The “Get It Right” video from San Francisco folk outfit Hunters. depicts the various stages of a relationship in scenes, including a literally fiery dissolution. The narrative fits neatly with the dramatic, staccato arrangement from the band and Rosa del Duca’s impassioned vocal delivery. The track comes from their 2014 album Treeline, which I reviewed.
Hippo Campus, here with a chase scene that resolves in some serious deep thoughts.
Twin River, here with a chase scene that resolves in some serious feels. I hope this isn’t what it’s like to be a dad.
Mad props to Lily & Madeleine for making their icy, watery video look like the how the despondent, detached “Blue Blades” sounds.
San Francisco has its own brands of garage rock and indie-pop, which is a lot of individuality crammed into a geographically small city (7×7!). It’s the latter sound that Teenager (USA) attends to: the SanFran combination of neo-’50s vocal melodies and rhythms sync up with lush-yet-perky arrangements in “Broke.”
A staccato piano line forms the foundation for a mid-tempo tune that ends up in a swirl of psych guitars, flute, hand claps, and bouncy bass guitar. That description makes it sound like a total psychedelic freak-out, but it’s really not: pop structure reins it in, resulting in a bite-size piece of cheery goodness. Bevan Herbekian’s lyrics relate (eulogize?) a lifestyle of poor economics and rich relationships–something a lot of people can relate to.
Teenager (USA) has graciously allowed us to debut the tune from his forthcoming album The Magic of True Love, which will release later this year. Enjoy “Broke”!
Colorfeels‘ Syzygy is pretty much a primer of indie rock circa 2011: Grizzly Bear’s rustic qualities (“Pretty Walk,” “Be There”), Fleet Foxes’ harmonies (“Mirrored Walls”), Vampire Weekend’s triumphant afro-beat rhythms and textures (“Unplanned Holiday”), alt-country (“Fun Machine”), Bishop Allen’s quirky enthusiasm (the clarinet in “Fun Machine”), Generationals’ perky bass contributions (everywhere) and The Dirty Projectors’ free-flowing song styles (everywhere again). Thankfully, the band eschewed the currently en vogue garage rock recording style for an immaculately clear one.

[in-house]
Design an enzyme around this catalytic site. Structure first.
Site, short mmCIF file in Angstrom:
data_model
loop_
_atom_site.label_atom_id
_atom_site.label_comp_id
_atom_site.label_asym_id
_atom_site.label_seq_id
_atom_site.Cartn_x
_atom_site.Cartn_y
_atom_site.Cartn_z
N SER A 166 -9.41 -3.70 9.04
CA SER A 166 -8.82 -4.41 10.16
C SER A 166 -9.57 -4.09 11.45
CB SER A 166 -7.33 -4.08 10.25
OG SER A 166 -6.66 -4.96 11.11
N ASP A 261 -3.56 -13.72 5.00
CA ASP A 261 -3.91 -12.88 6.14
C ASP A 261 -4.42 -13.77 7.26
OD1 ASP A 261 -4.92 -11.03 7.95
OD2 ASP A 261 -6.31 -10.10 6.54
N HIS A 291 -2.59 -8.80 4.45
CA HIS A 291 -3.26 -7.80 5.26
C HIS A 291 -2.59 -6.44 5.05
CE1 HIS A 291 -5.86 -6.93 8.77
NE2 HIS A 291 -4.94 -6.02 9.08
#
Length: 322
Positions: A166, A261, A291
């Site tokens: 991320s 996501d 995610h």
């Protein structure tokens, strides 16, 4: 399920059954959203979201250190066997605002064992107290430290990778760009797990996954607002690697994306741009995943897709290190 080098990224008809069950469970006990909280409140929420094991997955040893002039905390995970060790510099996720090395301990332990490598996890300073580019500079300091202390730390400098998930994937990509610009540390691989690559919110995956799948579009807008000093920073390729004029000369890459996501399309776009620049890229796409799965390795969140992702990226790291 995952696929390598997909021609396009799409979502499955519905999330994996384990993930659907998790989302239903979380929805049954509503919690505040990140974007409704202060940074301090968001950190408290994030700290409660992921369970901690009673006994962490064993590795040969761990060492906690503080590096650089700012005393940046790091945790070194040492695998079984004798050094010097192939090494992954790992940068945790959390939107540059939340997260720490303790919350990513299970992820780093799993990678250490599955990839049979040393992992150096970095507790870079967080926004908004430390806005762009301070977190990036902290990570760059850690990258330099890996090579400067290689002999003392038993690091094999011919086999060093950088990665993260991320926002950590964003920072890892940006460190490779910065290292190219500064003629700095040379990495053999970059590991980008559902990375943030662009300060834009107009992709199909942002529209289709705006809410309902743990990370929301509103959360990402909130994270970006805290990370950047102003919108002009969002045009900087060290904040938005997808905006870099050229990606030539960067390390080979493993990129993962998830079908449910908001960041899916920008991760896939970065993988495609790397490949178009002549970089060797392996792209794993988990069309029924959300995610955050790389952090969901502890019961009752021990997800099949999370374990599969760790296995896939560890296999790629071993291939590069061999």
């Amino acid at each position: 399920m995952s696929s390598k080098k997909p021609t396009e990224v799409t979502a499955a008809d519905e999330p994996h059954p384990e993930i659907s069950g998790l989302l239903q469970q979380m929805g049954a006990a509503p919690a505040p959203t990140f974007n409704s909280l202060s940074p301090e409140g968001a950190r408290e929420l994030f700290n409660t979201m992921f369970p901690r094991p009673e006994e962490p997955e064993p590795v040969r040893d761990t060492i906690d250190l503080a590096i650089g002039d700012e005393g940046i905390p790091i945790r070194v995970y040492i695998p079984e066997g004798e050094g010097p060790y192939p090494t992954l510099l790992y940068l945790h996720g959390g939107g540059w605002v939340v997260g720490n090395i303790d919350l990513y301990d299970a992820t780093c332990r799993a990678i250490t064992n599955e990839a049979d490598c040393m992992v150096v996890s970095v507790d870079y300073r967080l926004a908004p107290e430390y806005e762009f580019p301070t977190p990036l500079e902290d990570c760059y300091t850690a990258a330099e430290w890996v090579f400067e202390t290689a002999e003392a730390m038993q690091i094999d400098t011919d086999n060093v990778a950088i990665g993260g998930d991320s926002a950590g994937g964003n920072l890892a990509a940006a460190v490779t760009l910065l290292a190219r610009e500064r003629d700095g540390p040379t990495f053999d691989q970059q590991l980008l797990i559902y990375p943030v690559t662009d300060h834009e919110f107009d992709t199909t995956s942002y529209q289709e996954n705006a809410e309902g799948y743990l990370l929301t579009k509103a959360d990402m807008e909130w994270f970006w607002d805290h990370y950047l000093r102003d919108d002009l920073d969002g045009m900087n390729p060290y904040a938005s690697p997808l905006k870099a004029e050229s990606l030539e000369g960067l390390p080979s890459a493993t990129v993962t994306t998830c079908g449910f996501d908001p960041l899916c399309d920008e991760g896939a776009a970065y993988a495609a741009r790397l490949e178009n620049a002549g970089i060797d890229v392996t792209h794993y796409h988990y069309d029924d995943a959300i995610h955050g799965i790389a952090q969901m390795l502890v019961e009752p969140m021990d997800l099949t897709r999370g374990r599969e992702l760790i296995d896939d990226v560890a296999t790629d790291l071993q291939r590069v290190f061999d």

It’s this pristine engineering that saves this from being a pastiche; even if you’ve heard all of these sounds before, they sound incredibly gorgeous coming from Colorfeels. The clarinet and piano on “Be There” may call up notions of everyone from Wilco to the Beatles, but the sound is so striking that you may not care (or even really notice). This is true of almost every tune — with the exception of “Zenzizenzizenzic,” whose shameless Muse appropriation feels totally out of place. I really enjoyed Syzygy on my first listen, but several minutes later I couldn’t remember anything about it except that I wanted to hear those pretty songs again. And they are very pretty.
After a half-dozen listens with the same ending thoughts (which is saying something — this debut is an hour long), I realized that Colorfeels has no signature. This album is gorgeous and almost infinitely malleable, but there’s not a single thing that screams COLORFEELS WAS HERE!
It should be noted that there aren’t any gimmicks to make it look like the band has a stamp (see aforementioned garage rock). For this they should be lauded; they are not hiding anything. They are what they are, and they let you hear that. That is admirable.
Syzygy is a mesmerizing indie-rock album that wears a lot of masks. Whether or not this was the intent is something only the members of Colorfeels can say. But I would love to see a group of instrumentalists and songwriters this talented explore one area of songwriting more thoroughly and place their stamp on music. It’s comforting and familiar, but there’s more to music than that.
It’s hard to judge objectively something that you are intimately acquainted with. Vocalists have a tough time taking other vocalists seriously, and writers are notoriously hard on other writers. That’s why We Are the City‘s accomplishment with In a Quiet World is so astonishing. They’ve made the piano (something I play on a daily basis) incredibly exciting.
To clarify the staggering worth of this achievement, consider this: you can be the most talented pianist in the world and still not excite me with your work. I can realize it as incredibly talented and enjoyable (i.e. everything in Ben Folds’ canon), even learn to play it. But get truly excited? Rare as snow in San Francisco. Continue readingWe Are The City Unleashes Exciting Indie-rock on the World…
Stephen Carradini and Lisa Whealy write reviews of instrumental, folk, and singer/songwriter music. We write about those trying to make the next step in their careers and established artists.